Catchy title, right? I thought so too … in fact, today’s post is all about nakedness! Before you get any thoughts, I’m referring to brands putting themselves out there … hold on, that still sounds wrong! OK, let me try that again. In our discussion today, we’ll be talking about the concept of bare & dare – I don’t think that explanation helped either. Anyway … here it goes.
In a much earlier post, entitled “Personal Branding – The 10 Commandments“, I discussed the concept of brand nudity – where you expose yourself to be judged, loved, hated, ridiculed, admired … after all , it’s not a beauty pageant, you’re not seeking everybody’s approval. Fortunately, some brands have adopted that level of transparency and laid their heart on their sleeves – with no protection, no conditions, no strings attached. A good example of that is Nokia.
On March 16, 2011, a friend on twitter, Tarek Shalaby, sent me a DM asking me to send him my email so he can fill me in on the launch event of Nokia E7. He also told me that they will be giving away the phone to test and talk about our experience!
FREE PHONE – what could more can one ask for? that sounds fabulous, i thought to myself. But then I asked if this great gifts comes with strings? Would I have to lie, and continuously push out positive feedback about the phone? The refreshing answer was: “NO – we’re actually looking forward to learn from your experience – so please, by all means, be honest!”
That was even more shocking than the FREE PHONE – wow, honesty in marketing.
Clearly, Nokia is not doing this because they just felt they had money to spare and simply started giving out phones worth $850 a pop (but i’ll get to that later). They sought out influencers in the social media sphere in Egypt to test drive the phones and talk about it in their circles. This is great marketing, since studies have shown that people are three times more willing to trust recommendations from a friend, than they are advertising. Its is daring move by Nokia – the crowd is dominated by iPhone and Android fans – with a couple of exceptions supporting Blackberry. Clearly not Nokia’s territory – then again, the number one place to gain insight and pick up on customer needs – raw, untampered, unedited data! How valuable is that!?!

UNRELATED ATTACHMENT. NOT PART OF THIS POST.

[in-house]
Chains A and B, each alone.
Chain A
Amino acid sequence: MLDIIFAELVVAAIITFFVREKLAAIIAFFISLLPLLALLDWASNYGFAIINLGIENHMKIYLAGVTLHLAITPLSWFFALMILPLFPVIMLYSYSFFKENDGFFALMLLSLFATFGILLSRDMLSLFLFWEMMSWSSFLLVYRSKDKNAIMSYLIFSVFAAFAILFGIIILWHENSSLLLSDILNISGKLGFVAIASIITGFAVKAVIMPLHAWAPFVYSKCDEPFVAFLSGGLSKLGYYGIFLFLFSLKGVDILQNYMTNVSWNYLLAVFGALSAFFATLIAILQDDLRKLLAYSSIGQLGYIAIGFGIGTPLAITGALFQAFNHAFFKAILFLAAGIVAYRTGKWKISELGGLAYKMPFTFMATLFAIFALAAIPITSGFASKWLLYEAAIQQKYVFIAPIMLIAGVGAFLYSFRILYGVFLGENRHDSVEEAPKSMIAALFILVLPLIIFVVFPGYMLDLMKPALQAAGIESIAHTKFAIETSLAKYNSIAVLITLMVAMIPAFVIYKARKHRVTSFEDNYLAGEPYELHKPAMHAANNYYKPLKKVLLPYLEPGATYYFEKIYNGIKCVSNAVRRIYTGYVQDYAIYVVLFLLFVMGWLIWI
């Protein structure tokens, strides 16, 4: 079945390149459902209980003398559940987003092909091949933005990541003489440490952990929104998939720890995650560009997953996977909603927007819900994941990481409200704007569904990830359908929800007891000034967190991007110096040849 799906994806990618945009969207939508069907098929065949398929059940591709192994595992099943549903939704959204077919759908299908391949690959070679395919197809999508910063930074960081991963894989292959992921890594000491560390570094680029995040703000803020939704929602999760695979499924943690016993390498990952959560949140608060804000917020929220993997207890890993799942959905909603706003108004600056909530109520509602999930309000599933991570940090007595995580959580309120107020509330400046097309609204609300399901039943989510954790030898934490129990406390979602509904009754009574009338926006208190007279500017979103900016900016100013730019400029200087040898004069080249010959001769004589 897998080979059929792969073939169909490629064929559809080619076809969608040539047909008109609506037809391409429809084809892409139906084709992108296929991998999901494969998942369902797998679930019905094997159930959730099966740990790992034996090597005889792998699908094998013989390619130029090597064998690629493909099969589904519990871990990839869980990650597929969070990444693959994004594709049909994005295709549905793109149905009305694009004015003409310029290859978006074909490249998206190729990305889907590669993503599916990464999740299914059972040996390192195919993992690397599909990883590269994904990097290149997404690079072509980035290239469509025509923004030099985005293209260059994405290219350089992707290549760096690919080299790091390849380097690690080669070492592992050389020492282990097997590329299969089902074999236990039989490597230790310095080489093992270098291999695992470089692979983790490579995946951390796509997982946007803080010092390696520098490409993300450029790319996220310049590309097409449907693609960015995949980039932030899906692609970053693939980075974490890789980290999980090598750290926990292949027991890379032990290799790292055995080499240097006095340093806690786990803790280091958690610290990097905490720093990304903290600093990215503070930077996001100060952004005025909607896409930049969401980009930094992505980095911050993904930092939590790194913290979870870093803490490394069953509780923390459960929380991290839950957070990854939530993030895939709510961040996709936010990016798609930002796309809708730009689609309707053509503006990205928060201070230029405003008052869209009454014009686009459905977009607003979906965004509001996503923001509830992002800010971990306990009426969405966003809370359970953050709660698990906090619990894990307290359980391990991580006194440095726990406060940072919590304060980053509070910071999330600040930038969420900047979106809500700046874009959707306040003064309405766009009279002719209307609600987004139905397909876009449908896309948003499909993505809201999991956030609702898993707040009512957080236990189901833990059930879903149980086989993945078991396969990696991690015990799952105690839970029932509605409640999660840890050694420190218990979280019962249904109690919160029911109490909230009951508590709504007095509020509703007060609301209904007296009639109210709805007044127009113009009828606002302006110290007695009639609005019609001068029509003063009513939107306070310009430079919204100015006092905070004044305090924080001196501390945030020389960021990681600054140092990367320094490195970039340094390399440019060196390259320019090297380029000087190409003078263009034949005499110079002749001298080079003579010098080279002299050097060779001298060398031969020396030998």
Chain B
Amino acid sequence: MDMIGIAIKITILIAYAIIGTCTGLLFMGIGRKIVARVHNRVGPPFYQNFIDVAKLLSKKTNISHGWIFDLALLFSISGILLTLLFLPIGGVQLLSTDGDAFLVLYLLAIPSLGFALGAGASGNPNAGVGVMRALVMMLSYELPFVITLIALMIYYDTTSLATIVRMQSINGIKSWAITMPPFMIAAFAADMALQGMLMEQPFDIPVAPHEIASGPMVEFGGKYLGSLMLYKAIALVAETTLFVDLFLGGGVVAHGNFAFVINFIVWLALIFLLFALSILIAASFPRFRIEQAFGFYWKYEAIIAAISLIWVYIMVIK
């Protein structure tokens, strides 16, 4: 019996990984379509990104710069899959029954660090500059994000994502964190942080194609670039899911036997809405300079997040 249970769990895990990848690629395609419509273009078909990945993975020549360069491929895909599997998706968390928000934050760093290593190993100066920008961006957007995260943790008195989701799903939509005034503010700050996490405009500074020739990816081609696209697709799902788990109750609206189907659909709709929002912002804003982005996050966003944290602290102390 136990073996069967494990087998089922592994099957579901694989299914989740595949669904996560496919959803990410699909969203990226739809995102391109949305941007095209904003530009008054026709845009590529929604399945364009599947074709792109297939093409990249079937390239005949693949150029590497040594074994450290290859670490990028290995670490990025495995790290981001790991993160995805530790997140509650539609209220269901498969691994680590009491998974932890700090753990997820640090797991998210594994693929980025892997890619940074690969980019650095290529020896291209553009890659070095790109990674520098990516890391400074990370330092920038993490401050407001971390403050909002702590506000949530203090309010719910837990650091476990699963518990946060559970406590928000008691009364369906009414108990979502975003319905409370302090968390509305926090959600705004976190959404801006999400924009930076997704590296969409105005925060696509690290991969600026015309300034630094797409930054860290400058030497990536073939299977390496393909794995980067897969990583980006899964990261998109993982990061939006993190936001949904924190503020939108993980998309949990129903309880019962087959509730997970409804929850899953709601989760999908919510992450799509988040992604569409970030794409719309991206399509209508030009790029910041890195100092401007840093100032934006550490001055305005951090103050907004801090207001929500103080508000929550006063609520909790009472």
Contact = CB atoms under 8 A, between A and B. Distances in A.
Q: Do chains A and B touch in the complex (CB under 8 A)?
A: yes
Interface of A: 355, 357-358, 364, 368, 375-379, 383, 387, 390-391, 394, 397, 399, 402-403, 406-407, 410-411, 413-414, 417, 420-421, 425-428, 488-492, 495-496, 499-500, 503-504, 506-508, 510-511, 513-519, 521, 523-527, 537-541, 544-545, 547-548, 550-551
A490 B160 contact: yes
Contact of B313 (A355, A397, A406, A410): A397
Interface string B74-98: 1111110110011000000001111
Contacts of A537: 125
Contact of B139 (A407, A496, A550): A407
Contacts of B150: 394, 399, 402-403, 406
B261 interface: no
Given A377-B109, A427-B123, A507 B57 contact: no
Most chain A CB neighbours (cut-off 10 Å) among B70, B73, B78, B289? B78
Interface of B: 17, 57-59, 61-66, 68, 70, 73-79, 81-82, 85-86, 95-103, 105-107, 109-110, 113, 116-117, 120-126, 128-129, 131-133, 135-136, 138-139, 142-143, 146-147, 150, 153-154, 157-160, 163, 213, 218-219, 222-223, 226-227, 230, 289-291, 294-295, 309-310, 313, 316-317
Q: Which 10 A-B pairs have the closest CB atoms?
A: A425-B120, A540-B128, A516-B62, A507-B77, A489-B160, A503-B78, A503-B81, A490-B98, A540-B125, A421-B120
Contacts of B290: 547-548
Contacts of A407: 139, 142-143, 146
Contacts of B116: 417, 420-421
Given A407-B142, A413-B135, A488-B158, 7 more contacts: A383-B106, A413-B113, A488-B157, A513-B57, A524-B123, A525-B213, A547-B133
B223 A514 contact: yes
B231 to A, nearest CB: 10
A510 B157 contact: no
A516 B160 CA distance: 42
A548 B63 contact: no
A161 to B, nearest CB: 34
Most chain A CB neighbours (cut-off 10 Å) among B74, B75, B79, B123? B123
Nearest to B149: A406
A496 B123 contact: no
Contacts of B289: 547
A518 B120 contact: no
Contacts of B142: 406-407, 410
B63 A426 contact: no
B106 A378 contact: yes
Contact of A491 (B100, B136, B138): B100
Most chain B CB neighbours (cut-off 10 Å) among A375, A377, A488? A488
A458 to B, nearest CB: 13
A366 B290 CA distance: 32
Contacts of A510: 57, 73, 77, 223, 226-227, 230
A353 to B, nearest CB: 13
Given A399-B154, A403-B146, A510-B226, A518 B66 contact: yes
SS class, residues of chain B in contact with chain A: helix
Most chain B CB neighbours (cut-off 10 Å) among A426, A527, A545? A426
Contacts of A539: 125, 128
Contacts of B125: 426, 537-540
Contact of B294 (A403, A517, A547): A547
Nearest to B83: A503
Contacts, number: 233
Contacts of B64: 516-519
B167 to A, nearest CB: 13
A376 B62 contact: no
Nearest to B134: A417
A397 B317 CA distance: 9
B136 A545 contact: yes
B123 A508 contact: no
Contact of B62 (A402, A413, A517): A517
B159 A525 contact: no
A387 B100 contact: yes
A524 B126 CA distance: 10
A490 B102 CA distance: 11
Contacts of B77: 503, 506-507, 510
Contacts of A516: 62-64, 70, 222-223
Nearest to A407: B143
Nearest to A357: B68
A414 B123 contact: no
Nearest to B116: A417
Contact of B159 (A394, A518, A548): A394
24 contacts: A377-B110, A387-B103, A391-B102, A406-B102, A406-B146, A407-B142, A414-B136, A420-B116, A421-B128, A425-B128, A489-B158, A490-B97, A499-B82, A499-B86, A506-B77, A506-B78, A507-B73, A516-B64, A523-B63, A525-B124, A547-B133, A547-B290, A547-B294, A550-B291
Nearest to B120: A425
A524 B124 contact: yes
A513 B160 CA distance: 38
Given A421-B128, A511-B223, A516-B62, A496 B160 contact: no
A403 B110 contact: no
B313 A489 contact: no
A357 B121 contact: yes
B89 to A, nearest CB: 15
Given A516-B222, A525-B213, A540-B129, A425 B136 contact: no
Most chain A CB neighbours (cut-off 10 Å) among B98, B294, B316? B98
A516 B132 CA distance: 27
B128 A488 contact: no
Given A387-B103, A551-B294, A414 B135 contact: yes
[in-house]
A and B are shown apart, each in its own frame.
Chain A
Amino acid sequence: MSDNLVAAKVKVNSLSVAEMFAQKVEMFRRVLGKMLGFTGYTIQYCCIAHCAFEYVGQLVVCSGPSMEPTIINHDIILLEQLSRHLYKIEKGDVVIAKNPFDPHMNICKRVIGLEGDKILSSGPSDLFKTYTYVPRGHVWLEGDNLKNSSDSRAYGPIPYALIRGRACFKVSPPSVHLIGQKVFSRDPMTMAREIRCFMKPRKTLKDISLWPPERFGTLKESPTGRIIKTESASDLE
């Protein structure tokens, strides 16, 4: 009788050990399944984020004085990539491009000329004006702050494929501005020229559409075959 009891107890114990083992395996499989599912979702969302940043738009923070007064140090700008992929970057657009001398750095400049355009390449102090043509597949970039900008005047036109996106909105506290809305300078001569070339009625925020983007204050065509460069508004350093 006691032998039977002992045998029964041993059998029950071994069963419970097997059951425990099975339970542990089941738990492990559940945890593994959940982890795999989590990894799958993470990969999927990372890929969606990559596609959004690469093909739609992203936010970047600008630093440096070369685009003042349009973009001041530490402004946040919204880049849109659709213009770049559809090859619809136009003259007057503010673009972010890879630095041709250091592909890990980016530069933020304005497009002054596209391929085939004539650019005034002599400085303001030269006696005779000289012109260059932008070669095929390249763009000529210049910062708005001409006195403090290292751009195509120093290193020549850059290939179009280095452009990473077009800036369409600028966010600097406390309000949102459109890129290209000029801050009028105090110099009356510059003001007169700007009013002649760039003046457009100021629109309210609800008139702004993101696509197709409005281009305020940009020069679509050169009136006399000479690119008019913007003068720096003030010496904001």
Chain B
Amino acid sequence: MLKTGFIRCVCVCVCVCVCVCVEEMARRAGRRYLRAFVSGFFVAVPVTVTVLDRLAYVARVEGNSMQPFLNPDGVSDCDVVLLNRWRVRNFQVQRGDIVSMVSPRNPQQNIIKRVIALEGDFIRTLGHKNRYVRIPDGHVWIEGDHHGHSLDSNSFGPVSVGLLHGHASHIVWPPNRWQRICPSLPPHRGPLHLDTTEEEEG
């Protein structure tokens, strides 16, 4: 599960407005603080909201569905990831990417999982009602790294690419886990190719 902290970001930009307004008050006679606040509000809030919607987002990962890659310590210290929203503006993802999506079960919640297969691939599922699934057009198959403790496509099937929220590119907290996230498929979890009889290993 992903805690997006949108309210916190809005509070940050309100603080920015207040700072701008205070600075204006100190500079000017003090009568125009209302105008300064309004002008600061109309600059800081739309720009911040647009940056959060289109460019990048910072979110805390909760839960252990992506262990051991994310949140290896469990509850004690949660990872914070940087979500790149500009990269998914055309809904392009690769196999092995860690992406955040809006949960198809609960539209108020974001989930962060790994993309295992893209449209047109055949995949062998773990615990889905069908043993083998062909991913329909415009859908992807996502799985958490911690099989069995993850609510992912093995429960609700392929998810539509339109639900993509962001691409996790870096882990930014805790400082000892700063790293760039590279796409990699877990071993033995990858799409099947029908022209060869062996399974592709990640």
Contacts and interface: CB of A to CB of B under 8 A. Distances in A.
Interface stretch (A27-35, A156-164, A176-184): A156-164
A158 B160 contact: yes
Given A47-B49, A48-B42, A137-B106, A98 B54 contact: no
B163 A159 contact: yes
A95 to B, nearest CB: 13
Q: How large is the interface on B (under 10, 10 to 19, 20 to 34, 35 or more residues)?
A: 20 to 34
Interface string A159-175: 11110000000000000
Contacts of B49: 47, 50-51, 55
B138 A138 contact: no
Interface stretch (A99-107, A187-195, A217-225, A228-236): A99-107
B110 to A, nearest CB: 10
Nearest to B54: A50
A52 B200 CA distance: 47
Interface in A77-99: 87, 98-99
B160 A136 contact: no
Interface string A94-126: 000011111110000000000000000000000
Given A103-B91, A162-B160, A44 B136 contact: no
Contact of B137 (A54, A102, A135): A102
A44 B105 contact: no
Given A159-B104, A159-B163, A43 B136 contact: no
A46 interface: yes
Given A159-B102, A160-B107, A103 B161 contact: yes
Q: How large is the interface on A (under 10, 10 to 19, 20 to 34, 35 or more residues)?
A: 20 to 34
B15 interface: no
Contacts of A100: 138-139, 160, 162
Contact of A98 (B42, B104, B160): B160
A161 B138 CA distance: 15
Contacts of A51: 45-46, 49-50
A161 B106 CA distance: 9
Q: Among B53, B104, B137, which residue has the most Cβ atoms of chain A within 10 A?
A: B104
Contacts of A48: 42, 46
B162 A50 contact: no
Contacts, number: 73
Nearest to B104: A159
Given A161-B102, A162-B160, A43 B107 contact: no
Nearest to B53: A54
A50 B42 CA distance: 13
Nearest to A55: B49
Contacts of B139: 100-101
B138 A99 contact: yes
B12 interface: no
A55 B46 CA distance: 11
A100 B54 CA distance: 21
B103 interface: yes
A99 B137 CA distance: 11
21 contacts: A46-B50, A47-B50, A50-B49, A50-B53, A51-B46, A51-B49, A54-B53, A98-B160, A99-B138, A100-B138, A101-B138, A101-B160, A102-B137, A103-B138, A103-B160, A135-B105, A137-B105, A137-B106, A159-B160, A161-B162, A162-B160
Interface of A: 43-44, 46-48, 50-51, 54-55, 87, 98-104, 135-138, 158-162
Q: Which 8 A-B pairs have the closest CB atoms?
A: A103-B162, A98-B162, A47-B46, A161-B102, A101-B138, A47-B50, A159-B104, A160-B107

Since we brought money into the equation, let’s look at this initiative from a financial perspective. The launch event took place at the Four Seasons Nile Plaza catering to 50 guests, including a 3-course meal, Hors d’œuvres, and a completely FREE Nokia E7. The setup was fabulous … and so was everything else. Sounds costly, doesn’t it? Uh, not really. Think of the alternative – mass media (TV, Billboards, etc …), where you addresses the mass public, knowing that only a very small portion would afford the phone (or would care to own one for that matter). Needless to say, the latter costs a whole lot of money that doesn’t start to compare to the direct marketing approach taken by Nokia.
Aside from the obvious costs associated with the alternative, I would also like you to consider the price tag on the following tools needed to support it: focus group, market research, advertising on different social networking platforms, consumer insights, brand advocacy … With the direction Nokia has taken in earning the attention of mobile users to the new Nokia E7, it covered all the aforementioned areas. So basically, Nokia did more for less – but more so, Nokia dared to be different.
What should Nokia do next?
To reap the benefits of this initiative, Nokia should:
- Track the feedback across the different social networks from the lucky few receivers of the Nokia E7
- Provide customer service online
- Build a Q&A list generated from the questions presented online
- Build a forum / blog or any other platform where these “test drivers” can share their experience and help share the knowledge
- Provide tips and tricks on occasional basis to make the best out of the Nokia E7 experience
- Measure conversion rate
These are but a few options Nokia could tackle to sustain the incredible momentum created by the event.
Questions to think about:
- What do you think of Nokia’s approach?
- If you were the brand manager of Nokia E7, would you have done things differently?
- How can Nokia build on this initiative?
Think About It!